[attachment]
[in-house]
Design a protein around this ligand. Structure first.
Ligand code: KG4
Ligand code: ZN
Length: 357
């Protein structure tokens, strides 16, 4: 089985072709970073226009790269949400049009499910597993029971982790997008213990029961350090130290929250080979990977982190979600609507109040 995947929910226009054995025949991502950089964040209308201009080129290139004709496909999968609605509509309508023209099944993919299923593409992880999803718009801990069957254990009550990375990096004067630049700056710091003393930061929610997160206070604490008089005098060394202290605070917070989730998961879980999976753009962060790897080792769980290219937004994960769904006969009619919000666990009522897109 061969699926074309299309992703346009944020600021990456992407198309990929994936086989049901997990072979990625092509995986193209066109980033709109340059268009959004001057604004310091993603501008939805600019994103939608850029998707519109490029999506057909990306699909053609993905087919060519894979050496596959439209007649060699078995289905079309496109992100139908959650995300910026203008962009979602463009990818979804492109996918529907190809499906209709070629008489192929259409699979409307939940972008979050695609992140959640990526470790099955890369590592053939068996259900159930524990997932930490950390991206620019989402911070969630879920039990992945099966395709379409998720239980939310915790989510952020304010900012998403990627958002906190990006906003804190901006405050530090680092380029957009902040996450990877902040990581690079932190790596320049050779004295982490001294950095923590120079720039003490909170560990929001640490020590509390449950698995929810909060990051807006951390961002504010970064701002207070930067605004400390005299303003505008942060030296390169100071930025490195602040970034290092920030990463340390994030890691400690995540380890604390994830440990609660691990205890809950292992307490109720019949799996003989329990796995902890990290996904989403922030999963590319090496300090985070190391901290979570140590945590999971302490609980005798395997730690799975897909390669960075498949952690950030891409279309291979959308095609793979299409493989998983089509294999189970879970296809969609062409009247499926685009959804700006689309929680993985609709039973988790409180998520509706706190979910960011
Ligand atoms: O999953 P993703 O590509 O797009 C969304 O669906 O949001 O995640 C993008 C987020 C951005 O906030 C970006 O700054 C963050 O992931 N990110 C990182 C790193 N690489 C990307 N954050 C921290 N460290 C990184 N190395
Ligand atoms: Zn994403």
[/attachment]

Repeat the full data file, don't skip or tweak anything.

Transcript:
[in-house]
Design a protein around this ligand. Structure first.
Ligand code: KG4
Ligand code: ZN
Length: 357
């Protein structure tokens, strides 16, 4: 089985072709970073226009790269949400049009499910597993029971982790997008213990029961350090130290929250080979990977982190979600609507109040 995947929910226009054995025949991502950089964040209308201009080129290139004709496909999968609605509509309508023209099944993919299923593409992880999803718009801990069957254990009550990375990096004067630049700056710091003393930061929610997160206070604490008089005098060394202290605070917070989730998961879980999976753009962060790897080792769980290219937004994960769904006969009619919000666990009522897109 061969699926074309299309992703346009944020600021990456992407198309990929994936086989049901997990072979990625092509995986193209066109980033709109340059268009959004001057604004310091993603501008939805600019994103939608850029998707519109490029999506057909990306699909053609993905087919060519894979050496596959439209007649060699078995289905079309496109992100139908959650995300910026203008962009979602463009990818979804492109996918529907190809499906209709070629008489192929259409699979409307939940972008979050695609992140959640990526470790099955890369590592053939068996259900159930524990997932930490950390991206620019989402911070969630879920039990992945099966395709379409998720239980939310915790989510952020304010900012998403990627958002906190990006906003804190901006405050530090680092380029957009902040996450990877902040990581690079932190790596320049050779004295982490001294950095923590120079720039003490909170560990929001640490020590509390449950698995929810909060990051807006951390961002504010970064701002207070930067605004400390005299303003505008942060030296390169100071930025490195602040970034290092920030990463340390994030890691400690995540380890604390994830440990609660691990205890809950292992307490109720019949799996003989329990796995902890990290996904989403922030999963590319090496300090985070190391901290979570140590945590999971302490609980005798395997730690799975897909390669960075498949952690950030891409279309291979959308095609793979299409493989998983089509294999189970879970296809969609062409009247499926685009959804700006689309929680993985609709039973988790409180998520509706706190979910960011
Ligand atoms: O999953 P993703 O590509 O797009 C969304 O669906 O949001 O995640 C993008 C987020 C951005 O906030 C970006 O700054 C963050 O992931 N990110 C990182 C790193 N690489 C990307 N954050 C921290 N460290 C990184 N190395
Ligand atoms: Zn994403």